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What You Need To Know About Facebook’s Massive Data Breach

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You may not have noticed, but it turns out that there was a massive massive data breach at Facebook last week. Over 90 million users on the site were forced to log out and then log back into their accounts, and it is suspected that these people may have been the hardest hit by the hack. For these people, Facebook initiated a forced password change to secure their accounts right away.

The security breach occurred on Friday afternoon when a group of unidentified hackers managed to exploit three previously unknown vulnerabilities on the social media website and mobile application. The hackers reportedly stole data from 50 million users, but the website ended up resetting the tokens of 90 million Facebook users out of an abundance of caution. So just because you were locked out, doesn’t necessarily mean that your data was stolen, but you should still take all of the necessary precautions.

In a conference call with reporters, Facebook vice president of product Guy Rosen gave some important updates on the situation. Rosen explained that the company managed to detect the breach after the security team noticed an unusual spike in traffic on its servers which revealed a massive cyberattack that had been going on since September 16th. Rosen also said that the discovery revealed three bugs that Facebook was able to fix.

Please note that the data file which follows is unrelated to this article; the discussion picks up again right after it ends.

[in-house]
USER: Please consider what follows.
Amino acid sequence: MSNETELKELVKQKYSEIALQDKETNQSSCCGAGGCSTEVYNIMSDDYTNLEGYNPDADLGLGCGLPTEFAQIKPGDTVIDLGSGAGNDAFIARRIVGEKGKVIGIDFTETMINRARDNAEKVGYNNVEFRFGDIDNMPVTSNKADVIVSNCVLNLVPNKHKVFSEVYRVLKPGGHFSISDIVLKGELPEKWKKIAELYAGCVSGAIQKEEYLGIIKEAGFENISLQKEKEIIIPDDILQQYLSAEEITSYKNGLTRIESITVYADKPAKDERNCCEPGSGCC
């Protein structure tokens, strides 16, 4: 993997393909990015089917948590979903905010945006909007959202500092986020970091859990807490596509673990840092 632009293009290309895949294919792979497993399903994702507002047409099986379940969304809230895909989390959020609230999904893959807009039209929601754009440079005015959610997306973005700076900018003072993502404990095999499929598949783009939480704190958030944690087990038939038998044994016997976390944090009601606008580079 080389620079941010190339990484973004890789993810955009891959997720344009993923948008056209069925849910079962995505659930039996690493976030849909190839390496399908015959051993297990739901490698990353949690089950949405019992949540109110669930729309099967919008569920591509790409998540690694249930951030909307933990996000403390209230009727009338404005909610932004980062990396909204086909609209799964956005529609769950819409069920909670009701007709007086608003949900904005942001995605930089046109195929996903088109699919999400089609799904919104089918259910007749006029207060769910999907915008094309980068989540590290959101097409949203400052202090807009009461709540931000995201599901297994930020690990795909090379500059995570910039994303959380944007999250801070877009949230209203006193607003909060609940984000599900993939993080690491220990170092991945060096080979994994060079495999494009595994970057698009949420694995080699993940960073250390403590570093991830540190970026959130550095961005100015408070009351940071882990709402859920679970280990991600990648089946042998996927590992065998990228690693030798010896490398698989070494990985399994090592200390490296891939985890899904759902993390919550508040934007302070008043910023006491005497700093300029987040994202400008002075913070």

PHOTOGRAPH: DAVID PAUL MORRIS/GETTY IMAGES

The first bug incorrectly offered users a video uploading option within certain posts that enables people to wish their friends ‘Happy Birthday,’ when accessed on the “View As” page. Another bug was in the video uploader which incorrectly generated an access token that had permission to log into the Facebook mobile app. The third bug somehow targeted friends of the affected user. The company says that your password was not compromised, but the hackers were able to gain access to your account anyway. It is still best practice to change your password anyway just in case, especially if you are one of the many users who were logged out last week.

Facebook is now facing a class-action lawsuit after the data breach. Just after news of the hack went public two Facebook users, Carla Echavarria from California and another anonymous user from Virginia, filed a class-action complaint against the company in the US District Court for the Northern District of California.

As we explained in an article earlier this week, you can check your active sessions on Facebook to find out if someone has been inside of your account, which applies to this hack as well. The instructions can be found below:

To get started, just select Security and login.

From there you’ll be able to see where you’re logged in, and provides information like the type device of device that logged in and its location, as well as showing which devices are ‘active now,’  along with a history of all logins.

If you see a device you don’t recognize or trust,  you will have the option to log that device out of your account. You also have the option to log out of all the devices that are currently logged in.

Facebook Hack: 10 Important Updates You Need To Know About – by thehackernews.com